AI and Photography | Can Artificial Intelligence Replace Artists?

A very controversial topic lately is the rise of AI art and pretty much any content generated by artificial intelligence. You can literally tell the AI interface to create a photograph of a beach in Hawaii with a rolling wave and sure enough, it'll create an image for you. Is this photography? Is this art? Well, we can't call this a photograph if it wasn't a real scene that was actually captured by a camera or can we? How can it be a photograph if the image it generates doesn't actually exist in the real world? Can you have art without a human touch? As photographers and creative artists, we've been through a lot of revolutions but there's always been once constant, the photographer.

Can Artificial Intelligence Create "Art"?

All art to this point has a human touch and element to it. It takes a human to paint with a brush, a human to go travel and take a photograph, a human to sculpt a statue, etc. It's what connects us to art and that even though it's created by someone else, that someone is a living breathing human that you can relate to. So, I guess we're at this crossroads where we have to ask ourselves, can artificial intelligence create art? The definition of art according to Wikipedia is, "Art is a diverse range of human activity, and resulting product, that involves creative or imaginative talent expressive of technical proficiency, beauty, emotional power, or conceptual ideas." Yes, there's that word again...human.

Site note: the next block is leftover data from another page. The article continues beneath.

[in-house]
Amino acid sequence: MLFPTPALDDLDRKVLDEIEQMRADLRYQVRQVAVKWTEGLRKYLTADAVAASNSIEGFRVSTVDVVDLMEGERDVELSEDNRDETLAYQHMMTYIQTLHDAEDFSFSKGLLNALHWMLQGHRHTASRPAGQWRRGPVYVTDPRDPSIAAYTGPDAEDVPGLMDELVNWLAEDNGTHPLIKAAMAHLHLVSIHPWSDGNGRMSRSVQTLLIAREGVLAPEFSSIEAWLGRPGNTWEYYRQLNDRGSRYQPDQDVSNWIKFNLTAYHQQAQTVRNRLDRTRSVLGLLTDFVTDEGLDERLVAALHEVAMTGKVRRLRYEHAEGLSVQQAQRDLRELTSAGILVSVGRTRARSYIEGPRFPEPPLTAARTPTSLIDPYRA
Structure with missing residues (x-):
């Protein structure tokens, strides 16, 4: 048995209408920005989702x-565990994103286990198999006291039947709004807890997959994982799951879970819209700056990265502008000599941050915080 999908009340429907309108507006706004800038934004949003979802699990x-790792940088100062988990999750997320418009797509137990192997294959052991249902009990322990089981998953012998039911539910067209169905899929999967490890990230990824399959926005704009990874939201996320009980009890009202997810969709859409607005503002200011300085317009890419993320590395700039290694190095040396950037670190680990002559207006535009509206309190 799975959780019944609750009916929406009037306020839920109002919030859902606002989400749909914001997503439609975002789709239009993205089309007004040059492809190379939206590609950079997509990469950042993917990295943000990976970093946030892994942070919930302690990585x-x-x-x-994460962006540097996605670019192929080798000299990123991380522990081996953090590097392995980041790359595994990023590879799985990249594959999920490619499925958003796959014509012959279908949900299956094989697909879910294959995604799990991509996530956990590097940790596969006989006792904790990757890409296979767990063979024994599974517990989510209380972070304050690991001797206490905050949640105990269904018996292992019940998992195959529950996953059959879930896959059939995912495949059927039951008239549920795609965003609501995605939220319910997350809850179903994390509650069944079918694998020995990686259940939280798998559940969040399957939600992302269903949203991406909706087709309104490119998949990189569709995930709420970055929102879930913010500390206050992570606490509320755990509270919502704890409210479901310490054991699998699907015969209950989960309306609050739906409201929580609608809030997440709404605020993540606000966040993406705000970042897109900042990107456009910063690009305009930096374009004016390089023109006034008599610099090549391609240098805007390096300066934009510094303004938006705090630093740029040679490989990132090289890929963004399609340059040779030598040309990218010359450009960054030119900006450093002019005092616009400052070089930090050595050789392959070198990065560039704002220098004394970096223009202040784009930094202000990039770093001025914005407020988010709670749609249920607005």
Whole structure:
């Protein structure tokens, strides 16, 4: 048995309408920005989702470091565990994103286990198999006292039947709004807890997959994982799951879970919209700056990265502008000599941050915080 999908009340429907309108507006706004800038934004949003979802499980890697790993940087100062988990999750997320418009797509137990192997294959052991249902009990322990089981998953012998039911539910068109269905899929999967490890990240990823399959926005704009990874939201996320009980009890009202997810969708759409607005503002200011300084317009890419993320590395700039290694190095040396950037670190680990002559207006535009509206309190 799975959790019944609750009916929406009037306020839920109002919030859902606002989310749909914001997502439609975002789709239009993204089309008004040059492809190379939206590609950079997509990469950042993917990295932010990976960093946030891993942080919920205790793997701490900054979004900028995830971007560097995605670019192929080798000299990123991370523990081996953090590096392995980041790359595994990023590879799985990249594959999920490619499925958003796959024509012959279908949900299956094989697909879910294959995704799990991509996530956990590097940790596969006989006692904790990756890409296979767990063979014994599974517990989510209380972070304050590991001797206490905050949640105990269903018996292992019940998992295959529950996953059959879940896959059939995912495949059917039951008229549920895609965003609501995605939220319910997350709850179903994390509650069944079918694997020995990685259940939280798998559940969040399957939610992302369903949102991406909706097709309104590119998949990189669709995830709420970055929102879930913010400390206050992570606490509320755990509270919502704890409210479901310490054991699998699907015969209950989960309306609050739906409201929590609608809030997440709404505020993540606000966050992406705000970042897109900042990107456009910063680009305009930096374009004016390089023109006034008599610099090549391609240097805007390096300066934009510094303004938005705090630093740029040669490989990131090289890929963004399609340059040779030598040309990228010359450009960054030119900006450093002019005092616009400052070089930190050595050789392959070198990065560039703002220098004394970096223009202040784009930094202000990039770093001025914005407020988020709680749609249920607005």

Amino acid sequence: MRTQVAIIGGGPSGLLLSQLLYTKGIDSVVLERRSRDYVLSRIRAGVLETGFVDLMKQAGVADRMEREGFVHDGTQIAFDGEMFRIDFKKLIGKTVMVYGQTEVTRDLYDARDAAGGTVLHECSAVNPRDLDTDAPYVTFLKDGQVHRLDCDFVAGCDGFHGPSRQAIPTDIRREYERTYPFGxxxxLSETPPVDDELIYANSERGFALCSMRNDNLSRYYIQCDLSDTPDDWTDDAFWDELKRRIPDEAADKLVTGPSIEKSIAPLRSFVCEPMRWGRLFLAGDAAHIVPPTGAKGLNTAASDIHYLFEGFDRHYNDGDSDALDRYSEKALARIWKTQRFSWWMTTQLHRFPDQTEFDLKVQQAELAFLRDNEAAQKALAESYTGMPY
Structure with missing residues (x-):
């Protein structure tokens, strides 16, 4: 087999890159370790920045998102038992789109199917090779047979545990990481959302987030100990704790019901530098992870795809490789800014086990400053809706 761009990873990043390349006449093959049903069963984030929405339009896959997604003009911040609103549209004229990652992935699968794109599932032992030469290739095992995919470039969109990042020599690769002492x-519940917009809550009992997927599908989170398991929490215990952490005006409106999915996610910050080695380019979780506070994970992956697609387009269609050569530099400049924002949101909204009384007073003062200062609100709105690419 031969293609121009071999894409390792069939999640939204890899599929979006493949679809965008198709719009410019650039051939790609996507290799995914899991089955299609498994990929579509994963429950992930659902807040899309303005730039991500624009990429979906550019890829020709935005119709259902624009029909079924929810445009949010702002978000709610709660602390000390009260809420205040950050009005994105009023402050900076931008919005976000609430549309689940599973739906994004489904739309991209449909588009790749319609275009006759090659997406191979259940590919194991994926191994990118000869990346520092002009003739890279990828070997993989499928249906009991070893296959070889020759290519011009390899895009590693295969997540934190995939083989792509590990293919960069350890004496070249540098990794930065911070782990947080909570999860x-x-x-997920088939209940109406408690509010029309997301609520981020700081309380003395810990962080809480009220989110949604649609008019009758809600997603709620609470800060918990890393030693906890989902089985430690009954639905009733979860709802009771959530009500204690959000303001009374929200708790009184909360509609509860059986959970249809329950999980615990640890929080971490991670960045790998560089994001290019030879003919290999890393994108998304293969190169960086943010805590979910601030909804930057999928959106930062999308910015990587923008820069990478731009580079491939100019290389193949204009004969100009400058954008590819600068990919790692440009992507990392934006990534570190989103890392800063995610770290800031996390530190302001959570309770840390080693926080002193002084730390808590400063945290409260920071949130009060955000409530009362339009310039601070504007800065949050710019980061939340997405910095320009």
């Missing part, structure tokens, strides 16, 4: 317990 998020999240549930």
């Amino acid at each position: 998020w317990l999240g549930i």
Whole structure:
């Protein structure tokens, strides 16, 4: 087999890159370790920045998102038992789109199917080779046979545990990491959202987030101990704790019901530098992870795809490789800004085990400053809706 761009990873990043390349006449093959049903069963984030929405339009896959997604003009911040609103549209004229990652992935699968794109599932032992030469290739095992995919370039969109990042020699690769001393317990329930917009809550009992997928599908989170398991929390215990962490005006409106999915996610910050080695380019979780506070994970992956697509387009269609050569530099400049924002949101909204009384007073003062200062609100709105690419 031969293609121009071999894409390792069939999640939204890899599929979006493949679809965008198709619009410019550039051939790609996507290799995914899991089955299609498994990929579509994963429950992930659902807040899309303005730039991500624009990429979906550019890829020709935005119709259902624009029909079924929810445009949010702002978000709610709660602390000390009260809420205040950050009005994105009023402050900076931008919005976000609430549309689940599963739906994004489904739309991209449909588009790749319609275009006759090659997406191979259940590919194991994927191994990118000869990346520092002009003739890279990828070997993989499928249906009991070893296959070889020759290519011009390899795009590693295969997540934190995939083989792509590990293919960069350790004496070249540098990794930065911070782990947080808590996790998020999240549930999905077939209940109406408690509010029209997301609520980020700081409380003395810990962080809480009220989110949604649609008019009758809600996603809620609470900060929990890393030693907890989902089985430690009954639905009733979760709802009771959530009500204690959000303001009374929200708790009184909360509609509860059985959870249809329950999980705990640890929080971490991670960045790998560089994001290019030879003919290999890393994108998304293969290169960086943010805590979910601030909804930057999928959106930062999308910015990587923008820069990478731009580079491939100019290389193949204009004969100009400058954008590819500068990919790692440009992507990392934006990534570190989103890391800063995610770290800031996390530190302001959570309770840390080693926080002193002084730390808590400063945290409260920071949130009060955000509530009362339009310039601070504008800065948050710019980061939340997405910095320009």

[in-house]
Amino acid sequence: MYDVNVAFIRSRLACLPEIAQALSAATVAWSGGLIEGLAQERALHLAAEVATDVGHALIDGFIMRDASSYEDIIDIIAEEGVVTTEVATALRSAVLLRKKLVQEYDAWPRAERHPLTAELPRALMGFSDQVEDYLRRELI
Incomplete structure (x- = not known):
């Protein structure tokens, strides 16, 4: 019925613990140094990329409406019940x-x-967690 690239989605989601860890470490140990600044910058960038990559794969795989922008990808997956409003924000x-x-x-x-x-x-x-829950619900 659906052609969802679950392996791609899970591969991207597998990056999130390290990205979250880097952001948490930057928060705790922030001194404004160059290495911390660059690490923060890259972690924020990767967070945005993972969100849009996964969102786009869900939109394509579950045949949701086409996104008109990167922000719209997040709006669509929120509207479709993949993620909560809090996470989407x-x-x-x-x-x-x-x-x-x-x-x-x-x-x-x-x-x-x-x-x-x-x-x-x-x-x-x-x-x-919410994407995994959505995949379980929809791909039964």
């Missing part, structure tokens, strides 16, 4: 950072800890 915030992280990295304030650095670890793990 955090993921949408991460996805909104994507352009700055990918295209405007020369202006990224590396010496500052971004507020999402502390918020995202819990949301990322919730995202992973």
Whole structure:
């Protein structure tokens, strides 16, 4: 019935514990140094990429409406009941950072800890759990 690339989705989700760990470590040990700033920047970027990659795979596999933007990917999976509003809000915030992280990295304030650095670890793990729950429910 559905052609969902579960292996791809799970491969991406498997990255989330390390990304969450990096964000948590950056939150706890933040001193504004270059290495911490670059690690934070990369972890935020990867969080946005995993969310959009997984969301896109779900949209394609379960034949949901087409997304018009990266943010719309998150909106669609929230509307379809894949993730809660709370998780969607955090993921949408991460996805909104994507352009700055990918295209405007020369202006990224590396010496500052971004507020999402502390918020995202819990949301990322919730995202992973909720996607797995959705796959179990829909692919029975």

a beautiful photograph if a bridge leading into a bamboo forest on the Pipiwai trail near Hana, Hawaii.  Hawaii photography by Andrew Shoemaker

This little scene just seemed to encompass the experience of hiking along the Pipiwai. You're instantly just transported into another world simply by crossing a bridge. As a first time hiker stated it to me, "it feels like I've been hiking in a movie". Pretty much sums up this incredible part of Maui.

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What Does "AI-Photography" Look Like?

First off, to quote a fellow photographer friend of mine, "Photography is created by photons. AI-Photography is generated by electrons therefore it is not photography." Nonetheless, I decided to see what this even is so I typed in "Maui Hawaii Beach Sunset" into the input field and this is one of the images it created below. This is not from Maui, or Hawaii or anywhere for that matter. That palm tree also wouldn't be able to grow in the waves either haha! It is a completely fake scene generated by AI that doesn't resemble anything on Maui of course.



In photography there have been many revolutions over the years. First, there was film which was the gold standard for generations. Different types of film could create different looks and different colors and they each had their own character. You used to take your negatives to a print lab where they would be developed and even the casual photographer would order prints to show everyone about their most recent trip. When digital was born, of course, there were a lot of holdouts hanging on to their film and it did take around 35 years before digital really got to the point of overtaking film. Now, try and find someone to develop your film! Most films have been discontinued but there still are some folks out there making beautiful images with film and they can certainly make some very nice enlargements.

Digital Revolution

We're all very familiar with this medium as we snap gazillions of images with our smartphone cameras every day. The first digital camera was ironically invented by Kodak in 1975. Yes, the largest maker of film invented something that would eventually cause its demise. It took really about 30 years for digital to reach the point of matching film, but now you can now snap hundreds and thousands of images without the expense of film since everything is stored digitally and have the capacity to take photos all day and all night.